Widlacki said the service was a great way to repay the community for its support of the soccer team and to bridge the gap between town residents and college students. “They do so much for us,” she said.

10:30 a.m.

Linda Giles was serving tea when I arrived at her home a couple of houses up Normal Avenue from the Schroeers. “It’s good to get help since I live by myself,” Giles said. “It’s a good opportunity for the students to meet people who live in the neighborhood.”

A group of five students, including members of the Association of Latin American Students, crowded into Giles’ kitchen. Rain had temporarily delayed their plans to work on her garden.

Giles, like other residents I interviewed, mentioned how the relationship between the town and the students has improved dramatically over the last few decades. Bring It Back to Normal has only helped matters, they said.

Things have not always been rosy between “Town and Gown,” despite the University sharing a founding father (Jessie Fell); at one time, the name “Normal”; and in many ways, a common fate with the town. The late-1960s and early 1970s witnessed cultural clashes as enrollment skyrocketed, activists clashed with a conservative town administration and population, and black students arrived en masse to an area only just then relinquishing its segregated past. While violence was rare, things could get out of hand, like during the infamous “flagpole incident” when the Illinois State Police had to be called to the Quad to stave off a pending riot between locals and students.

Later, partying replaced politics as the point of conflict. Tensions climaxed during the 1984 “Beer Riot.” Writer Ryan Denham described the scene in a 2014 Illinois State magazine story: “What started as a small protest over new city laws restricting giant parties and drinking swelled into an angry, destructive mob. Hundreds of students marched from campus to Downtown Normal, throwing rocks, slashing tires, and facing off with a growing police force that used tear gas and riot gear to push back.”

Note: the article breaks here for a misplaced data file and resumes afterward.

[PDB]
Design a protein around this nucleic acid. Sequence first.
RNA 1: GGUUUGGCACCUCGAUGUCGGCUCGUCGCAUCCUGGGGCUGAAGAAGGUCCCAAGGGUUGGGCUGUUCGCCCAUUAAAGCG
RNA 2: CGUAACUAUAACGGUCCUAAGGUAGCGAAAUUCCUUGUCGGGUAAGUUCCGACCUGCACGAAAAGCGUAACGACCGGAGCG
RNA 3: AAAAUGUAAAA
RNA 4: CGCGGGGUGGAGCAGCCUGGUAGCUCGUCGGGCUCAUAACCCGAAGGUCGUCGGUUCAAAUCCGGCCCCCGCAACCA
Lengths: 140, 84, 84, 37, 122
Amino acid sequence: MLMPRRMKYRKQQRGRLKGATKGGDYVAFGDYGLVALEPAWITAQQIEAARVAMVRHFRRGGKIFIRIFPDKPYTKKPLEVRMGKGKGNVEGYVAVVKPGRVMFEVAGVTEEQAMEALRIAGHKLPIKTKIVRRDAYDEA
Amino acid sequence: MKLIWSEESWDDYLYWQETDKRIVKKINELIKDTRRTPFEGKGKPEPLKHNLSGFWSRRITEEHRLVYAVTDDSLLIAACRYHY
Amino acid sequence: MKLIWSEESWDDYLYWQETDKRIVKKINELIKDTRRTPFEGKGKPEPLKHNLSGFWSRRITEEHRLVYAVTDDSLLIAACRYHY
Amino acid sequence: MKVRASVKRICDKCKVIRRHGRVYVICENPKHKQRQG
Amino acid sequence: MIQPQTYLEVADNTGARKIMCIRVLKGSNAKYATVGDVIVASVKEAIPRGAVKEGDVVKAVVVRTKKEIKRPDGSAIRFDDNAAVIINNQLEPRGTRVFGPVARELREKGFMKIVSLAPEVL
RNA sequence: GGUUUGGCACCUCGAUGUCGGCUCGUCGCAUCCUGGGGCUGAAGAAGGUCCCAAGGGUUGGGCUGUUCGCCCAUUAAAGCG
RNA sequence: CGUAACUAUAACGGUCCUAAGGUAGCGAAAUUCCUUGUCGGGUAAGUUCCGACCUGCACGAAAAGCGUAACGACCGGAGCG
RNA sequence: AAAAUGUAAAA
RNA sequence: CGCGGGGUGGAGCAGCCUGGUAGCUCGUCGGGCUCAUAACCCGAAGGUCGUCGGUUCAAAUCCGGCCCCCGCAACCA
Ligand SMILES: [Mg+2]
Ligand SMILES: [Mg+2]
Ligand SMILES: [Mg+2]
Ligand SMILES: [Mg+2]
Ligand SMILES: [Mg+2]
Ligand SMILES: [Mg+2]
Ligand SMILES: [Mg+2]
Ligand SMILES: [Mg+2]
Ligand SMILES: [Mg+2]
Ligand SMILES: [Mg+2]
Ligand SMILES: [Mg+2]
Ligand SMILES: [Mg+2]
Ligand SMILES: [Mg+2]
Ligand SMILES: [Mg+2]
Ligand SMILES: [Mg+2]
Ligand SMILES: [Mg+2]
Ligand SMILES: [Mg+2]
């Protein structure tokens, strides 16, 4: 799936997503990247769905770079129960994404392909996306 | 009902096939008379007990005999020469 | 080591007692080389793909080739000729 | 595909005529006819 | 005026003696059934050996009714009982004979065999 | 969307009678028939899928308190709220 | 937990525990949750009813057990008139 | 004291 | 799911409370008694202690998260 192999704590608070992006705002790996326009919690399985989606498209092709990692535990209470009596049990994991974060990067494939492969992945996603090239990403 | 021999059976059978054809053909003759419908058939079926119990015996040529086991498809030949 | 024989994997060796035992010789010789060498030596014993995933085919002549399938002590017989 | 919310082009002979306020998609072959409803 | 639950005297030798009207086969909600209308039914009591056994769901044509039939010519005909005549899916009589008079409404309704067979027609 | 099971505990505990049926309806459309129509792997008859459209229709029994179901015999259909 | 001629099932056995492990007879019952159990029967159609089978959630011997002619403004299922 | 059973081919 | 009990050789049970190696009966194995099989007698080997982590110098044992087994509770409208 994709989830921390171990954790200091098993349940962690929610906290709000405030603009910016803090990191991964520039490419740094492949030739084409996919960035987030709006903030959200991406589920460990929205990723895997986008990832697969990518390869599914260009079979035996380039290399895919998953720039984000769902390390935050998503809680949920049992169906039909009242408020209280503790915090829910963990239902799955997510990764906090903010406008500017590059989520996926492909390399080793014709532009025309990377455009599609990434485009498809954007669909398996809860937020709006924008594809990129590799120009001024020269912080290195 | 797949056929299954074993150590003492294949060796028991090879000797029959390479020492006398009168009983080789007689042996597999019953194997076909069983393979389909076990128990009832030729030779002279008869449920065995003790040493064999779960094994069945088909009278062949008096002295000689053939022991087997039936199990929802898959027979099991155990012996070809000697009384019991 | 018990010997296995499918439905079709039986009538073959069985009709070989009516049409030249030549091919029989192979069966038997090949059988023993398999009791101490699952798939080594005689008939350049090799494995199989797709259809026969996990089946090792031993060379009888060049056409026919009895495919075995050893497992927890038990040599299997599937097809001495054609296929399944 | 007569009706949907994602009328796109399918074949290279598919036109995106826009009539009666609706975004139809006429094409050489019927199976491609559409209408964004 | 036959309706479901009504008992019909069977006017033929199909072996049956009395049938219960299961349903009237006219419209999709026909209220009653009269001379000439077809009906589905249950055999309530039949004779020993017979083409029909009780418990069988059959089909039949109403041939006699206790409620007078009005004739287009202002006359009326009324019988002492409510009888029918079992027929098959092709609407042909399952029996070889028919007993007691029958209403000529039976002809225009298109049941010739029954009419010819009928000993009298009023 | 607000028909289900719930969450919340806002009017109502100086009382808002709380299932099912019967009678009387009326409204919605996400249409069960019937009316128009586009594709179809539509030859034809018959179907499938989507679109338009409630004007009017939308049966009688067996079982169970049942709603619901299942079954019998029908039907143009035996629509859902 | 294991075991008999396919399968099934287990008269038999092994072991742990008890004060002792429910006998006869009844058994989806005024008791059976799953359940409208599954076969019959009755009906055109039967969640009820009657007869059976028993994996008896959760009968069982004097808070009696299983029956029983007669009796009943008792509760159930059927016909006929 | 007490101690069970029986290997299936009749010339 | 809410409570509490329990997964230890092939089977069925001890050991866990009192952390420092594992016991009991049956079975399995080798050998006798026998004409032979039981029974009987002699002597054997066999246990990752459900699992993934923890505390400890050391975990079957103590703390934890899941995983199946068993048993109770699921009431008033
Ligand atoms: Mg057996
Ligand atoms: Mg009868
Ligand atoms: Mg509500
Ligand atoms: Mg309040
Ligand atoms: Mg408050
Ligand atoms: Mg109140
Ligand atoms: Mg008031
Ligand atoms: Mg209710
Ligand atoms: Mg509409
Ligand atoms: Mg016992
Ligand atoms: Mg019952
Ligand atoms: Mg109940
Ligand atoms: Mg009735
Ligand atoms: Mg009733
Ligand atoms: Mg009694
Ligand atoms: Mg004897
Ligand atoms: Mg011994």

Related Article: Beer riot An oral history of ISU's beer riot 30 years later

Things have mellowed considerably since then, though more students than ever live off campus. An estimated 10,000 students reside in the community, mostly within the historic districts that ring campus. A boom in student apartment construction has added 2,500 beds since 2008.

Judy Scott credits a more respectful student body and changes in town laws for the better relations.

Linda Giles shares tea and talks to the students who came to help her with some gardening chores during Bring It Back to Normal.

Linda Giles shares tea and talks to the students who came to help her with some gardening chores during Bring It Back to Normal.

“The students show respect for the neighborhood more than they used to, and I think this program has changed a lot of that,” she said. “And I think the residents enjoy having students as neighbors.”

Giles lived among students for 20 years on School Street. She remembered one hard-partying house that the town ended up buying. Her neighbors are now more likely to be faculty and staff.

The tea-sipping students at Giles’ home saw Bring It Back to Normal as an opportunity to get to know their new hometown. “You think campus as being your home, not the town. But this is my home,” said sophomore Lindsey Brown.

11:07 a.m.